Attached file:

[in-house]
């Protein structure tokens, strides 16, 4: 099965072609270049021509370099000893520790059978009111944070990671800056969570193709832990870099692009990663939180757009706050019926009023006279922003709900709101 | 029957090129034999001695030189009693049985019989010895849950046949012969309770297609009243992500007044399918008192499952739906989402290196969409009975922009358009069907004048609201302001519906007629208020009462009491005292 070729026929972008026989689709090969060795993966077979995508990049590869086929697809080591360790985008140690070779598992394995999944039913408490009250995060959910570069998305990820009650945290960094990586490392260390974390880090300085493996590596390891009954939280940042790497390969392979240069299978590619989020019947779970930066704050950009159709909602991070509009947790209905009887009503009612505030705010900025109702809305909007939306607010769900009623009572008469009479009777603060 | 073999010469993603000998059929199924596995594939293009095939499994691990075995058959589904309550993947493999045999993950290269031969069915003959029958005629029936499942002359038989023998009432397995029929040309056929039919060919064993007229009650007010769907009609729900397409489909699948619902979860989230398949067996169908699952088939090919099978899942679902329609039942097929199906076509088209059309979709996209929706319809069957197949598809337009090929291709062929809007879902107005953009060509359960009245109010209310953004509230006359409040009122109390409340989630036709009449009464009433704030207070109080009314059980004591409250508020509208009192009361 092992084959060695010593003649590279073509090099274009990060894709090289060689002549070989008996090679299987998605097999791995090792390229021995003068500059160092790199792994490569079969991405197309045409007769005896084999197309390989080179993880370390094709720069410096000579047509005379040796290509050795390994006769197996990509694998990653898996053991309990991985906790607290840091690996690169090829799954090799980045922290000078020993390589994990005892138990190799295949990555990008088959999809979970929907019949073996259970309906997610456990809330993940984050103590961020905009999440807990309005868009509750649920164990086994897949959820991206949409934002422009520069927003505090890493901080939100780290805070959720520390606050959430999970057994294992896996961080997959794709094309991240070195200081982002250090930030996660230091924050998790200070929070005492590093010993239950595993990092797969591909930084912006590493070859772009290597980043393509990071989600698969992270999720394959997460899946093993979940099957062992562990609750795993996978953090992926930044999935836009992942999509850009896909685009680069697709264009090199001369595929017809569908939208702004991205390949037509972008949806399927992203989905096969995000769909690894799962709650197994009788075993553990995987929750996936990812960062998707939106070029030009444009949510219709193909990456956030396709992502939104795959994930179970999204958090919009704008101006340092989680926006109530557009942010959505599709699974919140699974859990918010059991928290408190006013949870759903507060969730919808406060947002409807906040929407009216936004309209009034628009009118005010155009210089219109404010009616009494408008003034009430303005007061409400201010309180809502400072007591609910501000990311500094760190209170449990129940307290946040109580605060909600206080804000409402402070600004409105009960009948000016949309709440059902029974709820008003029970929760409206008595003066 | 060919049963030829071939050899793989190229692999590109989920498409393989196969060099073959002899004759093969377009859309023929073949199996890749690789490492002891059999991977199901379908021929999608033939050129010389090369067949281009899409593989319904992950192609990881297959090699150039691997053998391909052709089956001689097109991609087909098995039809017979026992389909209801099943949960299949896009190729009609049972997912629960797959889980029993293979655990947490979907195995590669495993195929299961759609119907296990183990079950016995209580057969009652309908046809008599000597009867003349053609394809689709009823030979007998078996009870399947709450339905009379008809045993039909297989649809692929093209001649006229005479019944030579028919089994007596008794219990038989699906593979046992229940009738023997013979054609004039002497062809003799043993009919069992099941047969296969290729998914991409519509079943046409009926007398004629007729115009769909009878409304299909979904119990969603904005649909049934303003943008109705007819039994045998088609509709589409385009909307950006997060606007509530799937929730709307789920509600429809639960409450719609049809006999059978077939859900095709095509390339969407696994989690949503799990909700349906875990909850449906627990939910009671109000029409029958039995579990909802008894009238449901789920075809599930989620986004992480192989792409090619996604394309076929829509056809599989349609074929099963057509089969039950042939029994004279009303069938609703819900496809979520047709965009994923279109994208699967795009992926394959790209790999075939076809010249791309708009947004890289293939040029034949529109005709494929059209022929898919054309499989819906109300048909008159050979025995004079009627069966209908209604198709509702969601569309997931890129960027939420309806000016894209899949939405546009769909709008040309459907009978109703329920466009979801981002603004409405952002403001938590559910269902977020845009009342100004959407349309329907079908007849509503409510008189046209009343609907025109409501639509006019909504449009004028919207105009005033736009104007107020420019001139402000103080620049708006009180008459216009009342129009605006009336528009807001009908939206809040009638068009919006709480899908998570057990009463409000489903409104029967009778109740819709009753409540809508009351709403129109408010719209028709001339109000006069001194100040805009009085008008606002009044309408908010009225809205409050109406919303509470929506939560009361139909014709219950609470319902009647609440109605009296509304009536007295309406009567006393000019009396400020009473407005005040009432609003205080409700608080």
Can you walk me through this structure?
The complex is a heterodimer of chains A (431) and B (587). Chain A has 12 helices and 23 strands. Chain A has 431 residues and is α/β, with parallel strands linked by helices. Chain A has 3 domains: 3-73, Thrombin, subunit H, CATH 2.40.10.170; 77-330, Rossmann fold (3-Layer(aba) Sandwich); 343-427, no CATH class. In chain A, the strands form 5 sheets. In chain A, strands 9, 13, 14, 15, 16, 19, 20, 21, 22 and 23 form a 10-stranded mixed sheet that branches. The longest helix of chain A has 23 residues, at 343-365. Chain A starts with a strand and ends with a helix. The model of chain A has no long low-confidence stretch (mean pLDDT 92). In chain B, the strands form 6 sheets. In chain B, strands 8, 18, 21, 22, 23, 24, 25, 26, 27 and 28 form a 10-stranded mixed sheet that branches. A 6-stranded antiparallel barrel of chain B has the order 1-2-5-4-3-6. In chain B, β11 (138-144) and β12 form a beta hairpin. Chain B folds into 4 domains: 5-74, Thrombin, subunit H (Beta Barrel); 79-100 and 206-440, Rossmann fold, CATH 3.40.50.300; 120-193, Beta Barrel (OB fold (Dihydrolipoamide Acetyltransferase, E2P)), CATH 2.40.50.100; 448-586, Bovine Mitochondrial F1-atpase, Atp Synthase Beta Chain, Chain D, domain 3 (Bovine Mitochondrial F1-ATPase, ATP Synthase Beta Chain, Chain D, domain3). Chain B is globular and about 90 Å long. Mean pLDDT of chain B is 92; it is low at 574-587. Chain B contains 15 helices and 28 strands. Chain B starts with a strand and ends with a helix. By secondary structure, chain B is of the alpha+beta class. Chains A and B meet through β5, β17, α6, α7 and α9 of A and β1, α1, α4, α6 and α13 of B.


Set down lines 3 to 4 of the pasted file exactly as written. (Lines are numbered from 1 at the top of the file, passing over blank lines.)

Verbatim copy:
Can you walk me through this structure?
The complex is a heterodimer of chains A (431) and B (587). Chain A has 12 helices and 23 strands. Chain A has 431 residues and is α/β, with parallel strands linked by helices. Chain A has 3 domains: 3-73, Thrombin, subunit H, CATH 2.40.10.170; 77-330, Rossmann fold (3-Layer(aba) Sandwich); 343-427, no CATH class. In chain A, the strands form 5 sheets. In chain A, strands 9, 13, 14, 15, 16, 19, 20, 21, 22 and 23 form a 10-stranded mixed sheet that branches. The longest helix of chain A has 23 residues, at 343-365. Chain A starts with a strand and ends with a helix. The model of chain A has no long low-confidence stretch (mean pLDDT 92). In chain B, the strands form 6 sheets. In chain B, strands 8, 18, 21, 22, 23, 24, 25, 26, 27 and 28 form a 10-stranded mixed sheet that branches. A 6-stranded antiparallel barrel of chain B has the order 1-2-5-4-3-6. In chain B, β11 (138-144) and β12 form a beta hairpin. Chain B folds into 4 domains: 5-74, Thrombin, subunit H (Beta Barrel); 79-100 and 206-440, Rossmann fold, CATH 3.40.50.300; 120-193, Beta Barrel (OB fold (Dihydrolipoamide Acetyltransferase, E2P)), CATH 2.40.50.100; 448-586, Bovine Mitochondrial F1-atpase, Atp Synthase Beta Chain, Chain D, domain 3 (Bovine Mitochondrial F1-ATPase, ATP Synthase Beta Chain, Chain D, domain3). Chain B is globular and about 90 Å long. Mean pLDDT of chain B is 92; it is low at 574-587. Chain B contains 15 helices and 28 strands. Chain B starts with a strand and ends with a helix. By secondary structure, chain B is of the alpha+beta class. Chains A and B meet through β5, β17, α6, α7 and α9 of A and β1, α1, α4, α6 and α13 of B.